the story we tell ourselves and the fraud

‘Change is the unfamiliar.  Change creates incompetence.’*

It’s why we love the familiar.  We know what to do and we feel comfortable.  Others see us doing it.  They remark on how well we have completed the task we have completed so many times before.

Change messes all this up.  We have to learn new skill.  We are uncomfortable and look inept.  Others see us looking inept and wonder how we got the job.

Today I had my annual review.  They are difficult to get right.  Too soft and they’re superficial and no use or help to reviewer or reviewee.  (If it’s your review, you are always the reviewer.)   Too critical and they disconnect from reality, as well as any sense of wholeness and wellbeing.

The opportunity to review our lives is a precious thing, though.

Today someone who checks in on this blog began a dreamwhispering journey with me a year ago.  I’ll be sending them a note just by way of marking this and just how far they have journeyed.  Reviews question the stories we otherwise tell ourselves.

Rumble is the term Brené Brown uses for getting to grips with the bad stories we tell ourselves, though we also need to rumble with the good ones.  There are many questions we might ask in a review but I offer three.  Good questions are our friends because our lives are never quite the stories we tell ourselves.:

‘A true rumble affects the way we feel, think, and act – our whole selves.’**

Remember, the fraud is the person who doesn’t find their voice and change things.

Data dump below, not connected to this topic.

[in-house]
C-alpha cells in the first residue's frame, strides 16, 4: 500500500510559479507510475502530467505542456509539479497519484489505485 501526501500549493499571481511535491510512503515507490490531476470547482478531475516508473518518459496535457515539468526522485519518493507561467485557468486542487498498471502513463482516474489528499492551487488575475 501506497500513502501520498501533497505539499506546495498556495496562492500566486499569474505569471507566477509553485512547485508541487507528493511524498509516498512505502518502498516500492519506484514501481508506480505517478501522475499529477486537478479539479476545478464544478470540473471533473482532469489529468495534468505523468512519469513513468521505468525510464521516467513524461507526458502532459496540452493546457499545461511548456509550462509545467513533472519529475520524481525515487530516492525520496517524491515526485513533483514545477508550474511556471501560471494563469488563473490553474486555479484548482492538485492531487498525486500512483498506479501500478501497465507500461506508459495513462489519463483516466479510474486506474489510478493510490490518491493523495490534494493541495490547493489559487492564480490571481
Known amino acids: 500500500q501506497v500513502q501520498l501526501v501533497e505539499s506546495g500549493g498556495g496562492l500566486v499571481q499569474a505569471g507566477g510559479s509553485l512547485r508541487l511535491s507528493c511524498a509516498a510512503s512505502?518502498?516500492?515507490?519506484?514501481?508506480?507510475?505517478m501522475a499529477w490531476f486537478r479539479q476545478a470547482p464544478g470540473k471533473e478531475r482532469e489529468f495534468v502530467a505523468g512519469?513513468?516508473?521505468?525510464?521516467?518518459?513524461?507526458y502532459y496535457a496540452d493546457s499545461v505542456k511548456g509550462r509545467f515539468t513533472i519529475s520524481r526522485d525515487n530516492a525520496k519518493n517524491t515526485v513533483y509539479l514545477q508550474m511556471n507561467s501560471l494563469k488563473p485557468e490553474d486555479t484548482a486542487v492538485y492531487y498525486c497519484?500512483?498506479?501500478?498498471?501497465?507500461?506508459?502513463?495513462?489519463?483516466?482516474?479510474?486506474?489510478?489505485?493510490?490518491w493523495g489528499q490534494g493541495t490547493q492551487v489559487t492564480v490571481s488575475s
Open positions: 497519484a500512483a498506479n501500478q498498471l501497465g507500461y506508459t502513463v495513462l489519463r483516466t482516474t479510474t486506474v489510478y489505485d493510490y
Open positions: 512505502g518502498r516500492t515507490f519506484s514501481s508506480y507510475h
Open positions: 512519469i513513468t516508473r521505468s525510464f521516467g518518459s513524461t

Which is to say, the person we defraud first of all is ourselves – out of opportunities and possibilities for offering our talents and resources in our unique creativeness.

The gap we mind is the one between the story we tell ourselves and the one we can really live.

Here are three questions for starters:

How have I been more observant?  Wandering and wondering: What have I seen, smelt, touched, heard, and tasted that has been new and/or different?

How have you been more present?  What have you observed with your heart, pursued though curiosity and deep interest because it has connected with your zing – life energy?

How have you realised more?  As a result of observing and feeling more, what imaginative and innovative work have you produced with and for others?

(*From Seth Godin’s blog: In search of familiarity.)
(**From Brené Brown’s Rising Strong.)

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